Incidentally, I just watched the George Floyd arrest video from the cop's bodycam. On being approached by the police, he became terrified, non-cooperative, and was crying and yelling he can't breathe from the moment they made him stand up and walk around. He was high or nuts or both because he wasn't acting rational. He only went to the ground after they put him in the back seat of the police car. He went out the other side. He claimed he was claustrophobic, so he could not get into a car. However, the police had pulled him out of his own car, or at least the one where he was behind the steering wheel. The cop who killed him was totally wrong, but he didn't kill Floyd him out of racism, systemic or personal. He killed him because Floyd had said he couldn't breathe so many times while upright, I think the cop just didn't believe him. Here is the video. The article: EXCLUSIVE: Police bodycam footage shows moment-by-moment arrest of George Floyd for the first time This doesn't matter any more, though. This incident stopped being important to the riots ages ago. I wonder if George Floyd's name even comes into the heads of most people in BLM and Antifa these days unless prompted. Michael
  36. 1 point
    Interesting catch. No clue if Rand ever read FRANKENSTEIN, but I remember her name-dropping it in THE ROMANTIC MANIFESTO...it's hard to tell either way from this if she read it, but was at least aware of it (how could she not be?). But she did at least refer to the monster as "Frankenstein's monster", and not the monster as Frankestein, as many do, so there's that... "The Horror Story, in either variant, represents the metaphysical projection of a single human emotion: blind, stark, primitive terror. Those who live in such terror seem to find a momentary sense of relief or control in the process of reproducing that which they fear—as savages find a sense of mastery over their enemies by reproducing them in the form of dolls. Strictly speaking, this is not a metaphysical, but a purely psychological projection; such writers are not presenting their view of life; they are not looking at life; what they are saying is that they feel as if life consisted of werewolves, Draculas and Frankenstein monsters. In its basic motivation, this school belongs to psychopathology more than to esthetics." Ayn Rand. The Romantic Manifesto (Kindle Locations 1640-1644). Signet. Kindle Edition.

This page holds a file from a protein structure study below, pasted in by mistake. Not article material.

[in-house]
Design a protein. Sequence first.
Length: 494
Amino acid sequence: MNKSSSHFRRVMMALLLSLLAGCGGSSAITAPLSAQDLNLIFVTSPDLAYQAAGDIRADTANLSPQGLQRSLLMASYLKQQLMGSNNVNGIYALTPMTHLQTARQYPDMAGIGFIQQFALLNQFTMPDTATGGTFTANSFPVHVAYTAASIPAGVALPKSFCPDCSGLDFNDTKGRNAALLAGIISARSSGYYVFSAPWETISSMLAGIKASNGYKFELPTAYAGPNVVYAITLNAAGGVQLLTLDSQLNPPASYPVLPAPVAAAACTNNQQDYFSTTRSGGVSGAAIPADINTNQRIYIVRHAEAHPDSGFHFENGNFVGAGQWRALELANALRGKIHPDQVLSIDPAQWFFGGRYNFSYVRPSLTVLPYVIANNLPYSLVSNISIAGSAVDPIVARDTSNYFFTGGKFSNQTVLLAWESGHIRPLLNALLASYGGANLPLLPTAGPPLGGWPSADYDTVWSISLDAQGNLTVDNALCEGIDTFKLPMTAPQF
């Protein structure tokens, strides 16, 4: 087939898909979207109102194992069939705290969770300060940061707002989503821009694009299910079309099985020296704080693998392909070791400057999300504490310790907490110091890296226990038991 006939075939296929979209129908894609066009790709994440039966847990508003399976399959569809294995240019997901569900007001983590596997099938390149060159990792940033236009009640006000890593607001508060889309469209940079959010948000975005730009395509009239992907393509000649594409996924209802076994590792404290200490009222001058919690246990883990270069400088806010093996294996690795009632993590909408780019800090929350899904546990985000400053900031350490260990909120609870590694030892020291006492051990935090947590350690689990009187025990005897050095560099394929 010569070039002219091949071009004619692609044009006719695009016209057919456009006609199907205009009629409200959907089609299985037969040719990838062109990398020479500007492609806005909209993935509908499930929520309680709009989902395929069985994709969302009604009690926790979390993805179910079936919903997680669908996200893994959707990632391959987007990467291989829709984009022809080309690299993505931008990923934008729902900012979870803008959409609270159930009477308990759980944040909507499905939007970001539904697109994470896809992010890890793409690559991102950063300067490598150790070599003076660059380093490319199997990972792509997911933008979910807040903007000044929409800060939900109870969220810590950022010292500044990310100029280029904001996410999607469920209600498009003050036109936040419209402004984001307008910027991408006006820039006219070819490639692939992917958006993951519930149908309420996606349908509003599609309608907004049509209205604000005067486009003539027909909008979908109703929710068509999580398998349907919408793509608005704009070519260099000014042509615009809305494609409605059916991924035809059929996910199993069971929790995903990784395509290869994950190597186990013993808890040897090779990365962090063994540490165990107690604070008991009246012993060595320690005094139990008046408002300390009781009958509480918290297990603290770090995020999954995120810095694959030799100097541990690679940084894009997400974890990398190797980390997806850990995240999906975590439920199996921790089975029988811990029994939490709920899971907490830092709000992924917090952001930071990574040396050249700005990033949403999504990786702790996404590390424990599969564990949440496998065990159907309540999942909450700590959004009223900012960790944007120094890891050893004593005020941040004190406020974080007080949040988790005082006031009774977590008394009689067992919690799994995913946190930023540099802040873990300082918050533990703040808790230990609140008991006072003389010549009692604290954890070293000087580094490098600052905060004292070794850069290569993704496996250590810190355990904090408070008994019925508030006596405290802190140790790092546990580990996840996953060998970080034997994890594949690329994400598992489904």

37. 1 point